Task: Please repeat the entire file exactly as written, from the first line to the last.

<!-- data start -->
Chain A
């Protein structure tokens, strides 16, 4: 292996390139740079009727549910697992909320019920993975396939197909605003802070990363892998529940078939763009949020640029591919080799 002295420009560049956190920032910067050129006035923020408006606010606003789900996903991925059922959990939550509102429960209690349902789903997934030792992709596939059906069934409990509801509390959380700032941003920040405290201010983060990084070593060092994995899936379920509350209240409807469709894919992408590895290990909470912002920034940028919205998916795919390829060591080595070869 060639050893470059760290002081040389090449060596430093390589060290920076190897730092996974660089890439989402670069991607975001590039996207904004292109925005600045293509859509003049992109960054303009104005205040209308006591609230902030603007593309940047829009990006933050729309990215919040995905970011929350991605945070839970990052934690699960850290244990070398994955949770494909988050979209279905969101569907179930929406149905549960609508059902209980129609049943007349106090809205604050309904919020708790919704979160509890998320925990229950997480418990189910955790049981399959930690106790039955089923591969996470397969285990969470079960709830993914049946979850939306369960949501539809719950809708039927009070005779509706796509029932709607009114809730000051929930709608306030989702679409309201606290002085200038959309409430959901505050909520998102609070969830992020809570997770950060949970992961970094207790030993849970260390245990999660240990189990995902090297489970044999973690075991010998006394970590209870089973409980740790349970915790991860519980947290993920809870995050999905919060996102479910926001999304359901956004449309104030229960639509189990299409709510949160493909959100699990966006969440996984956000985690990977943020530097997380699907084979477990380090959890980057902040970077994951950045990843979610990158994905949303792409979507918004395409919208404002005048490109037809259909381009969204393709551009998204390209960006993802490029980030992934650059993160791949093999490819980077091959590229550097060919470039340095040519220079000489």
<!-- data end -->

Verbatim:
Chain A
């Protein structure tokens, strides 16, 4: 292996390139740079009727549910697992909320019920993975396939197909605003802070990363892998529940078939763009949020640029591919080799 002295420009560049956190920032910067050129006035923020408006606010606003789900996903991925059922959990939550509102429960209690349902789903997934030792992709596939059906069934409990509801509390959380700032941003920040405290201010983060990084070593060092994995899936379920509350209240409807469709894919992408590895290990909470912002920034940028919205998916795919390829060591080595070869 060639050893470059760290002081040389090449060596430093390589060290920076190897730092996974660089890439989402670069991607975001590039996207904004292109925005600045293509859509003049992109960054303009104005205040209308006591609230902030603007593309940047829009990006933050729309990215919040995905970011929350991605945070839970990052934690699960850290244990070398994955949770494909988050979209279905969101569907179930929406149905549960609508059902209980129609049943007349106090809205604050309904919020708790919704979160509890998320925990229950997480418990189910955790049981399959930690106790039955089923591969996470397969285990969470079960709830993914049946979850939306369960949501539809719950809708039927009070005779509706796509029932709607009114809730000051929930709608306030989702679409309201606290002085200038959309409430959901505050909520998102609070969830992020809570997770950060949970992961970094207790030993849970260390245990999660240990189990995902090297489970044999973690075991010998006394970590209870089973409980740790349970915790991860519980947290993920809870995050999905919060996102479910926001999304359901956004449309104030229960639509189990299409709510949160493909959100699990966006969440996984956000985690990977943020530097997380699907084979477990380090959890980057902040970077994951950045990843979610990158994905949303792409979507918004395409919208404002005048490109037809259909381009969204393709551009998204390209960006993802490029980030992934650059993160791949093999490819980077091959590229550097060919470039340095040519220079000489």